Competition and market saturation
The highly competitive nature of the food industry will likely lead to increased competition for customers, especially in saturated markets. Brands must, therefore, differentiate themselves through innovation, safety and quality, unique experiences, and exceptional customer service.
For instance, many consumers want more personalized recommendations about what foods to try and buy. Brands are answering this call, using tech tools to customize recommendations based on consumers’ purchase history, such as flagging plant-based options that vegan and vegetarian consumers might enjoy. Tech solutions like AI can help curate personalized experiences based on individual preferences, further strengthening customer satisfaction, loyalty, and retention. Brands that use tech solutions to customize (and enhance) the user experience will differentiate themselves from those that don’t.
Additionally, innovative technology, like artificial intelligence, will set brands apart from the pack. AI-powered chatbots and virtual assistants can handle customer inquiries, respond to comments, and even make reservations. Not only does this improve response times and efficiency, but it also frees up human employees to focus on customer interaction and value-add tasks.
Managing regulatory compliance has always been a challenge for food organizations, especially since the rules are always changing. Food brands can better manage regulatory compliance – and related policies and procedures – by using tech solutions.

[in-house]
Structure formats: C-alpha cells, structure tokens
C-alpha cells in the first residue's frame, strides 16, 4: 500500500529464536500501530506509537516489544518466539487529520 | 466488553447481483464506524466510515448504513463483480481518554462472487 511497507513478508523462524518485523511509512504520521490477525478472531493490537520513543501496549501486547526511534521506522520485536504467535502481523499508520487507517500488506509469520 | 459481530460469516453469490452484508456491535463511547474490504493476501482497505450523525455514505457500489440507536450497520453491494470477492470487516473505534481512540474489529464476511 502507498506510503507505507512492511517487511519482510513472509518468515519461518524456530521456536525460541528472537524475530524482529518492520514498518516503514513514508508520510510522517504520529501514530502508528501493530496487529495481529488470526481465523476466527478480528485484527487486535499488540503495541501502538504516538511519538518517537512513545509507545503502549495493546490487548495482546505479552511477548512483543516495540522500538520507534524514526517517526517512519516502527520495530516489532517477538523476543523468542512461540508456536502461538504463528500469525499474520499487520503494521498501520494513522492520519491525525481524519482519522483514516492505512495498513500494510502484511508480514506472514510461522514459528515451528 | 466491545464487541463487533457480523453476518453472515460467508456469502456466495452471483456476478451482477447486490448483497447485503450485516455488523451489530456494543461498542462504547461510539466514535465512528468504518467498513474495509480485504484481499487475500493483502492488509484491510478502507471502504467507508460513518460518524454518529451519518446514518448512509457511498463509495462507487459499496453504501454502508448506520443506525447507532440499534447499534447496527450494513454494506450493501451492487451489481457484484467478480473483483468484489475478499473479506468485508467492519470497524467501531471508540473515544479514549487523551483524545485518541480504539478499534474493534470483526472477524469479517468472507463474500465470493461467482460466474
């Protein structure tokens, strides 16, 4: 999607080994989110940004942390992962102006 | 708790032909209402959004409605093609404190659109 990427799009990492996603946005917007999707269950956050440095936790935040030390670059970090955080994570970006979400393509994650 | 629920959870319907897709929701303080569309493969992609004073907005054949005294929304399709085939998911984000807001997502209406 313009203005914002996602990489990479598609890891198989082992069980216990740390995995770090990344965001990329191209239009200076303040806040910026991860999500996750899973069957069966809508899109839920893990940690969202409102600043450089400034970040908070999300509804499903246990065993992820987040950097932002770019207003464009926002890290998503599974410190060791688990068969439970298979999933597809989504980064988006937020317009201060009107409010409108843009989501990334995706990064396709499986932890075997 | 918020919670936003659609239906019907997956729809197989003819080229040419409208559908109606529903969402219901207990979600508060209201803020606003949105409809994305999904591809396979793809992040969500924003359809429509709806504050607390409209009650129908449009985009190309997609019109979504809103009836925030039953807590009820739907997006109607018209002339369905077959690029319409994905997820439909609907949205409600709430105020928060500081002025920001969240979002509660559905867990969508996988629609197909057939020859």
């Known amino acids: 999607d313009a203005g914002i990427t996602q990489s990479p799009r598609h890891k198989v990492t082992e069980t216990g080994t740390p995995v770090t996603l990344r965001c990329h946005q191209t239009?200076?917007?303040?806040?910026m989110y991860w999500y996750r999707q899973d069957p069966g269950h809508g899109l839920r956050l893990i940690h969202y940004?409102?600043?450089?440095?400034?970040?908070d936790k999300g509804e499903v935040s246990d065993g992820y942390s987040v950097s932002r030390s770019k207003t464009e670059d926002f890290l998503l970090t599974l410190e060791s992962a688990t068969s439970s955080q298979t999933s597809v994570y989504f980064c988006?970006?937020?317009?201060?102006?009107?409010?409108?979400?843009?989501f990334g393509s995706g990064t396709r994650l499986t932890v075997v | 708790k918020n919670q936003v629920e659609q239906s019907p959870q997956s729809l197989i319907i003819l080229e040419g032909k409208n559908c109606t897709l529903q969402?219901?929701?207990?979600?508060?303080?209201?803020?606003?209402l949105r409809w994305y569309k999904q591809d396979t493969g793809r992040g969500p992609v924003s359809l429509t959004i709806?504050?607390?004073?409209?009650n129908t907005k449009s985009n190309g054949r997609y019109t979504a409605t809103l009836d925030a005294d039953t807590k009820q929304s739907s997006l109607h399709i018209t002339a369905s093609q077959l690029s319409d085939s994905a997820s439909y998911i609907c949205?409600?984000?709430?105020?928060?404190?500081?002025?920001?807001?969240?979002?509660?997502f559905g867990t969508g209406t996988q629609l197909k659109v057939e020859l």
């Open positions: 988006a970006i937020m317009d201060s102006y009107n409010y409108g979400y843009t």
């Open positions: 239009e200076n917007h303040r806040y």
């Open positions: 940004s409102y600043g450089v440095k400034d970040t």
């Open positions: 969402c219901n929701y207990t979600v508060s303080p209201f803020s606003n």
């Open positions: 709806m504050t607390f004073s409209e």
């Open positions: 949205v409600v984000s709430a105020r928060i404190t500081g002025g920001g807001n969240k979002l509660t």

In the food industry, the Food Safety Modernization Act is changing the game. Per FSMA, companies must now provide full transparency of how their products are made, as well as full traceability as the products move along the supply chain. Brands (and their products) must now adhere to a variety of regulations, increase transparency in areas like labeling, demonstrate compliance, and provide consumers with the information they need to make more educated decisions about the foods they buy and the companies they support.
Food brands can (and should!) use tech tools to overcome common challenges around compliance, including food safety standards, proper labeling, supply chain transparency, as well as environmental and labor regulations. Sophisticated tech solutions allow companies to streamline operations, ensure product quality, and remain in compliance with ever-evolving regulations. Using innovative – and integrated – tech tools, brands can better manage real-time data sharing, demand forecasting, traceability, recall management, quality control, inspections and audits, environmental compliance, and more.
In 2024, we’ll see food safety regulations – and consumer expectations – continue to evolve, and brands must keep up. Food companies would be wise to stay informed about regulatory changes, use tech solutions, and implement best practices to ensure ongoing safety, quality, transparency, and compliance.
About the author: Paul Damaren is Chief Revenue Officer at RizePoint, a technology firm in the food safety, quality management, compliance, and social responsibility space.